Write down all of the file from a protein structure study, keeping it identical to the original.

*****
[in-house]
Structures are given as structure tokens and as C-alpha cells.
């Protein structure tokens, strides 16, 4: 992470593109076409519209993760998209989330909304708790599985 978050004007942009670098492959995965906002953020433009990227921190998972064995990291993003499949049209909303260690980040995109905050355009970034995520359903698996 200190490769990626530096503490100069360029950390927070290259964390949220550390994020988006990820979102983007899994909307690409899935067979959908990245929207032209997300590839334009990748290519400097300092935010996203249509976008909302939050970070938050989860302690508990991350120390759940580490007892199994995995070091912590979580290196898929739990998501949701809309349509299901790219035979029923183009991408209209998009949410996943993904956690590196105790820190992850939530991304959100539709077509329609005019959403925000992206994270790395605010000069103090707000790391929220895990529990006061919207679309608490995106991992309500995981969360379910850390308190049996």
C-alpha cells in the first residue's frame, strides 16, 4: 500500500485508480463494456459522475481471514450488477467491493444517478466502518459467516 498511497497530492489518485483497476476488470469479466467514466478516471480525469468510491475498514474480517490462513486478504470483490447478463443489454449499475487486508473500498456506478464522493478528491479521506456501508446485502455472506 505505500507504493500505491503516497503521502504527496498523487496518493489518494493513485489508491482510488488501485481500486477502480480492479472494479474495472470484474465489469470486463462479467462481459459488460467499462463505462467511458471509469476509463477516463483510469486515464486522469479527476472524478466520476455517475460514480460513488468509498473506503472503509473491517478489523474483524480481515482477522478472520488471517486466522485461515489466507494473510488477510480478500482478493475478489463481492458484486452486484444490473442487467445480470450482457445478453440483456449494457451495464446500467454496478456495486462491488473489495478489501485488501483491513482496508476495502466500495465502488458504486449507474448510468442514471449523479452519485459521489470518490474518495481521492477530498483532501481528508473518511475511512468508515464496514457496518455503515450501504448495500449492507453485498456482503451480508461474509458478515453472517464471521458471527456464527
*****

[in-house]
Structures are given as structure tokens and as C-alpha cells.
């Protein structure tokens, strides 16, 4: 992470593109076409519209993760998209989330909304708790599985 978050004007942009670098492959995965906002953020433009990227921190998972064995990291993003499949049209909303260690980040995109905050355009970034995520359903698996 200190490769990626530096503490100069360029950390927070290259964390949220550390994020988006990820979102983007899994909307690409899935067979959908990245929207032209997300590839334009990748290519400097300092935010996203249509976008909302939050970070938050989860302690508990991350120390759940580490007892199994995995070091912590979580290196898929739990998501949701809309349509299901790219035979029923183009991408209209998009949410996943993904956690590196105790820190992850939530991304959100539709077509329609005019959403925000992206994270790395605010000069103090707000790391929220895990529990006061919207679309608490995106991992309500995981969360379910850390308190049996």
C-alpha cells in the first residue's frame, strides 16, 4: 500500500485508480463494456459522475481471514450488477467491493444517478466502518459467516 498511497497530492489518485483497476476488470469479466467514466478516471480525469468510491475498514474480517490462513486478504470483490447478463443489454449499475487486508473500498456506478464522493478528491479521506456501508446485502455472506 505505500507504493500505491503516497503521502504527496498523487496518493489518494493513485489508491482510488488501485481500486477502480480492479472494479474495472470484474465489469470486463462479467462481459459488460467499462463505462467511458471509469476509463477516463483510469486515464486522469479527476472524478466520476455517475460514480460513488468509498473506503472503509473491517478489523474483524480481515482477522478472520488471517486466522485461515489466507494473510488477510480478500482478493475478489463481492458484486452486484444490473442487467445480470450482457445478453440483456449494457451495464446500467454496478456495486462491488473489495478489501485488501483491513482496508476495502466500495465502488458504486449507474448510468442514471449523479452519485459521489470518490474518495481521492477530498483532501481528508473518511475511512468508515464496514457496518455503515450501504448495500449492507453485498456482503451480508461474509458478515453472517464471521458471527456464527